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Negotiating a Chapter 13 Bankruptcy Plan

Negotiating a Chapter 13 Bankruptcy Plan
"""It appears that the number of individuals registering for bankruptcy will continue to rise in light of the recent news that the economy is not recovering. The housing numbers were released last week and, as anticipated, they were disappointing. Experts forecast that the real estate market will continue to decline. As a result of all the negative economic news, a large number of individuals are scouring the Internet for possible financial options. Chapter 13 bankruptcy has garnered considerable attention recently. Prior to the 2005 amendments to the bankruptcy code, Chapter 7 was the only bankruptcy option individuals considered. Chapter 13 bankruptcy has opened a lot of people's senses in light of the difficulties Americans face in avoiding foreclosure on their homes.

When a person files for Chapter 13 bankruptcy, they are essentially requesting the court for permission to devise a feasible, reduced payment plan to pay off their debts. The issue is that not everyone will be satisfied with the outcome. The bankruptcy court wants to ensure that the debtor can afford the proposed payment plan and that it does not leave them up for failure. Typically, the bankruptcy attorney submits a feasible plan to the court. Once the plan is confirmed, the debtor will be required to make payments to the Chapter 13 trustee for three to five years, depending on what was deemed affordable and approved.

The Chapter 13 bankruptcy affirmation order specifies the debtor's payment amount, duration, and percentage allocated to unsecured creditors. After creditors submit a proof of claim, the Chapter 13 trustee can determine how much money is required to pay off the claims under the plan. Priority will be given to secured claims, such as real estate, legal fees, and the trustee's own compensation.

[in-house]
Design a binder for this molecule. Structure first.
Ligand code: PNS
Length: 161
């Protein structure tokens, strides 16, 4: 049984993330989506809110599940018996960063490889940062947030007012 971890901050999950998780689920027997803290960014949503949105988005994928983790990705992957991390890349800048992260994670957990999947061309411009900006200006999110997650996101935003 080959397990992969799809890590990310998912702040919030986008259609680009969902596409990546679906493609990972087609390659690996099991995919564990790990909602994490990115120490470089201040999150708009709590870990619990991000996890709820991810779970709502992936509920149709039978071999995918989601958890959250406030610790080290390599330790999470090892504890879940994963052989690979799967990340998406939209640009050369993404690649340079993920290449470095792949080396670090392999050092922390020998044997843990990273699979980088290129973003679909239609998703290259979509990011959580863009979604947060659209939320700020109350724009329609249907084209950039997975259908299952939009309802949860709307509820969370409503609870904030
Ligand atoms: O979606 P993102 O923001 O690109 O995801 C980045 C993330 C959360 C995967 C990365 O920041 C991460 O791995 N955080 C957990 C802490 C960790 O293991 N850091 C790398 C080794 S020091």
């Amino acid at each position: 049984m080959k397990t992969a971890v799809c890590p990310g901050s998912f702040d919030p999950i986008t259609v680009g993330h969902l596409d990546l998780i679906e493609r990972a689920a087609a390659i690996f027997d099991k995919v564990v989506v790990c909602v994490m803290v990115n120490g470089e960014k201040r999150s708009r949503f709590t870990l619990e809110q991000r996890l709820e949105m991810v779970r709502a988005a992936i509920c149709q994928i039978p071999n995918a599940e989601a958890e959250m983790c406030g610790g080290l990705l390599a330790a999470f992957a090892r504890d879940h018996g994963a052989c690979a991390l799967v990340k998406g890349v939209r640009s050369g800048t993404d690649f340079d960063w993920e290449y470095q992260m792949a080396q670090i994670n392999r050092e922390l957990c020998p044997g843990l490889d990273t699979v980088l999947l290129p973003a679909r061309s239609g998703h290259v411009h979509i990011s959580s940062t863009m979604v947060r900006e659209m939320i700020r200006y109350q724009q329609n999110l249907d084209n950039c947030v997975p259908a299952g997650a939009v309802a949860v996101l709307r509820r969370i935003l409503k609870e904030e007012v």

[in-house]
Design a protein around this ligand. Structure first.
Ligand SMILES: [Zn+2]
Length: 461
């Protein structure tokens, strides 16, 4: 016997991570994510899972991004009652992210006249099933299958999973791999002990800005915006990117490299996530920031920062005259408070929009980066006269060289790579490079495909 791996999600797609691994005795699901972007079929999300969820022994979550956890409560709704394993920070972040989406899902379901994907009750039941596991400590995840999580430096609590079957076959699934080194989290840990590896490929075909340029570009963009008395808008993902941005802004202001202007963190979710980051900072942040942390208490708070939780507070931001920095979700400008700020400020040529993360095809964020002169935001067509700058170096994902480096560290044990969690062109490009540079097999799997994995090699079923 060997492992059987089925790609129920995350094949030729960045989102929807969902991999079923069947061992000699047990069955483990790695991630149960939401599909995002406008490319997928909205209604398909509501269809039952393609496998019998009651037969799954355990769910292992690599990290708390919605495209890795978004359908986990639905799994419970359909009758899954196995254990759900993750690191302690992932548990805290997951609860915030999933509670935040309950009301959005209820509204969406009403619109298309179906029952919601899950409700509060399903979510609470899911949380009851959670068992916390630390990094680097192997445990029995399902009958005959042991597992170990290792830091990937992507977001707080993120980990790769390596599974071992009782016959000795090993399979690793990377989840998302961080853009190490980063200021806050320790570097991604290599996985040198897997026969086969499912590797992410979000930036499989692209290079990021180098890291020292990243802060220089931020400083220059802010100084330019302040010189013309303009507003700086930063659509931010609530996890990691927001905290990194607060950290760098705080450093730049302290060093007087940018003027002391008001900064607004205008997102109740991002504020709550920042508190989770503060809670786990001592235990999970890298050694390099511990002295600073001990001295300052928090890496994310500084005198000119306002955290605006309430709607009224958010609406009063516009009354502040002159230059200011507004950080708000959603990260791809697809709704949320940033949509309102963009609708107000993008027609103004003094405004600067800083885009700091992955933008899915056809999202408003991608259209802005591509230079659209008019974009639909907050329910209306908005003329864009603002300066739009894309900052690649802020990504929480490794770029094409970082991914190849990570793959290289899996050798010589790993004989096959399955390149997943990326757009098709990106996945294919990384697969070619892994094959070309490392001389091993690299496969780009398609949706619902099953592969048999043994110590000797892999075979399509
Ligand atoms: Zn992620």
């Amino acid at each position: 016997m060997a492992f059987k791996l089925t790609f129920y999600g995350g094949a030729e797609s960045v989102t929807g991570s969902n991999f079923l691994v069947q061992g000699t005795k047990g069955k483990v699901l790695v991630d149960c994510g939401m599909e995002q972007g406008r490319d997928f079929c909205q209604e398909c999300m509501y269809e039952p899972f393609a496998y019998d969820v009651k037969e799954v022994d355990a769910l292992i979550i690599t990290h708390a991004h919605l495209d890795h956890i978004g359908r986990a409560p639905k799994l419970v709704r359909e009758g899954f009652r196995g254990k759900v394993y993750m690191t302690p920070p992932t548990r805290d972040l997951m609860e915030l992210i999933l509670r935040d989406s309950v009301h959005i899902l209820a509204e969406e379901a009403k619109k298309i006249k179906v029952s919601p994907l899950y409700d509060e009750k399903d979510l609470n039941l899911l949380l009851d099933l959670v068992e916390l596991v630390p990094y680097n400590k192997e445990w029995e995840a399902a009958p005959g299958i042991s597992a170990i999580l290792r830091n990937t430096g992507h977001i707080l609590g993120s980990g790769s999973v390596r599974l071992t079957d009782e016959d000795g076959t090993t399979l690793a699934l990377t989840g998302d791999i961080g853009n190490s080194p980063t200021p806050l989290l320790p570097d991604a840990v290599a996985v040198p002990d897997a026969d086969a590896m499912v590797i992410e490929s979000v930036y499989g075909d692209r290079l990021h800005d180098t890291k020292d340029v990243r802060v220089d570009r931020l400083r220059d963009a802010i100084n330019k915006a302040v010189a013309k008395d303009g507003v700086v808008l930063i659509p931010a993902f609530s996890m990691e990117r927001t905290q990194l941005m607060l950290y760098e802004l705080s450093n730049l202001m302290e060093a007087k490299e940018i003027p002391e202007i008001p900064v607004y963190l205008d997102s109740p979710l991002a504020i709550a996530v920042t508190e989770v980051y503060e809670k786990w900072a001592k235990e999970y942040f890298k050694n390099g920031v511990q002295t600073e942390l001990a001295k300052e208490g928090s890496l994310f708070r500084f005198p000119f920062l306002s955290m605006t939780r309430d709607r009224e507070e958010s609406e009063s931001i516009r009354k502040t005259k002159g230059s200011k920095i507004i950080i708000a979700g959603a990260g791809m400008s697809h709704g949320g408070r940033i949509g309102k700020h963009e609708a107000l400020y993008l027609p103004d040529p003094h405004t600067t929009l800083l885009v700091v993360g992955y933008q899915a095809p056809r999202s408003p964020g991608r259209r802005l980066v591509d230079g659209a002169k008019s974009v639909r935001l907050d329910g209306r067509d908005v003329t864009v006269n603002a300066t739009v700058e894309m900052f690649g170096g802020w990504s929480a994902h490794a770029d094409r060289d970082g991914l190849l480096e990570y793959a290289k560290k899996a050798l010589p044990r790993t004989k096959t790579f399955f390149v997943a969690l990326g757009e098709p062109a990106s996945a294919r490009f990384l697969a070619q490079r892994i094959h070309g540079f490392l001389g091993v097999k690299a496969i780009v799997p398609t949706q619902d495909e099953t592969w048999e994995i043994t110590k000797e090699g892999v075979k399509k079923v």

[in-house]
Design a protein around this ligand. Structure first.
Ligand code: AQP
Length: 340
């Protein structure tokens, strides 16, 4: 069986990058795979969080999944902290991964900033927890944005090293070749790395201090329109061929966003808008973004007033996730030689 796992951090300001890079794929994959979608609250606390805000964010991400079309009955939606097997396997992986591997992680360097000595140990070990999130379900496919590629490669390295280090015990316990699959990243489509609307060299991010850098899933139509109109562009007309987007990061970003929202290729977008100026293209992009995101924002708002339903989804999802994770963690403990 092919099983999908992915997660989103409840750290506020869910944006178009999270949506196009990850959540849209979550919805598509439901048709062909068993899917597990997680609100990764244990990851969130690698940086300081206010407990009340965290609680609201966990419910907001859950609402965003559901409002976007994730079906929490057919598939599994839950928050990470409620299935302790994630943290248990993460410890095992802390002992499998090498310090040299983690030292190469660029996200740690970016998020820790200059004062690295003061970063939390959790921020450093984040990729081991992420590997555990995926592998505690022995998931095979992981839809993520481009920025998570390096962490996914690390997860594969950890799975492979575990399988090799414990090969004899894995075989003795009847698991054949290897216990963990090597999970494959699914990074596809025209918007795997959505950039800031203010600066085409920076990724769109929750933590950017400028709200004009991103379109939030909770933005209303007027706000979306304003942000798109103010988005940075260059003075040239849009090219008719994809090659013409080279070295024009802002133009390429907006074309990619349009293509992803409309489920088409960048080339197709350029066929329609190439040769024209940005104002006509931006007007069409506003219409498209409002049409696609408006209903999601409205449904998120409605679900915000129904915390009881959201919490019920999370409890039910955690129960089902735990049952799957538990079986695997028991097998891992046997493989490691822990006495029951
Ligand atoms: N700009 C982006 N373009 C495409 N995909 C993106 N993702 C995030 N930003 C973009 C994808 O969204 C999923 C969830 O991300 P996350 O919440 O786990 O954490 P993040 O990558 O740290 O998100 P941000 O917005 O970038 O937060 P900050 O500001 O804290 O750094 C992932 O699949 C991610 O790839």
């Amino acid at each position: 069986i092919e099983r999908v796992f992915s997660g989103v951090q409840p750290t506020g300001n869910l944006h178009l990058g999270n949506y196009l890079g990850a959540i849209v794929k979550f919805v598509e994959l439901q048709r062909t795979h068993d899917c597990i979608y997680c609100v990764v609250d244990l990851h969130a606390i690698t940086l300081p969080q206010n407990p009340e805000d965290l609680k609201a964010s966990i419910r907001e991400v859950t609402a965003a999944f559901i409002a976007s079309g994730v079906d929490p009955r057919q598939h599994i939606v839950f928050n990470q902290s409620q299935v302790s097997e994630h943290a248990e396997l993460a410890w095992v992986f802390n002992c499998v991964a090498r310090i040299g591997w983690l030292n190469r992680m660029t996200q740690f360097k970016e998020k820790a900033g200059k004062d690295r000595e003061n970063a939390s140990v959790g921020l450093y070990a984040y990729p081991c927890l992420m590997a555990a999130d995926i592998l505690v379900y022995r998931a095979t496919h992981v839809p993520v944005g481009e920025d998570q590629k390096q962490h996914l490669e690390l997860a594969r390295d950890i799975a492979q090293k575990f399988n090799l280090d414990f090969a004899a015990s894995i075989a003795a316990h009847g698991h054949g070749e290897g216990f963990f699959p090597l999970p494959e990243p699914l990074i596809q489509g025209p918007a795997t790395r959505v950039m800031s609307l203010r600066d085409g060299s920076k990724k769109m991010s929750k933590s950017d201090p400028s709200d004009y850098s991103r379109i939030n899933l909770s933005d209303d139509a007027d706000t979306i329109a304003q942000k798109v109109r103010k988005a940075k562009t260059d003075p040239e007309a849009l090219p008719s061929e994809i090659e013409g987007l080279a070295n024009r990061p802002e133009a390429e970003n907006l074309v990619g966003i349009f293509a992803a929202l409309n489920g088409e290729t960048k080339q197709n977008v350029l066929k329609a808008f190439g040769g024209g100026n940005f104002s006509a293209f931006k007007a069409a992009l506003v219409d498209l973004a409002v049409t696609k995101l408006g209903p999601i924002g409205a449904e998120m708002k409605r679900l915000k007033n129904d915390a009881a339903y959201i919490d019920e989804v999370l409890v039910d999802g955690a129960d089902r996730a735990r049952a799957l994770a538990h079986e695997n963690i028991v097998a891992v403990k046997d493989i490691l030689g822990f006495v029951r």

After reviewing all the numbers, the Chapter 13 trustee will determine whether the debtor's proposed bankruptcy plan is even feasible. If the trustee believes it is impossible, the debtor should promptly contact their bankruptcy attorney to determine what can be done. Doing nothing will result in the dismissal of the bankruptcy petition.

Here is where a bankruptcy attorney will make his or her living. They understand how to address the feasibility issue. One option would be to increase the monthly payments to the bankruptcy trustee or offer a large sum during the bankruptcy plan's duration. Alternately, the bankruptcy attorney could file a motion to modify the amount paid to unsecured creditors. In many instances, this will lengthen the plan if it is not already five years.

Utilize the counsel of your bankruptcy attorney when interacting with the bankruptcy trustee, and approach the matter head-on. Failure to cooperate with the trustee will result in the dismissal of your bankruptcy petition. If that occurs, it will be a waste of time and you will likely be in a worse position than before.""

" - https://www.affordablecebu.com/

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"Negotiating a Chapter 13 Bankruptcy Plan" was written by Mary under the Finance / Wealth category. It has been read 87 times and generated 0 comments. The article was created on and updated on 01 June 2023.
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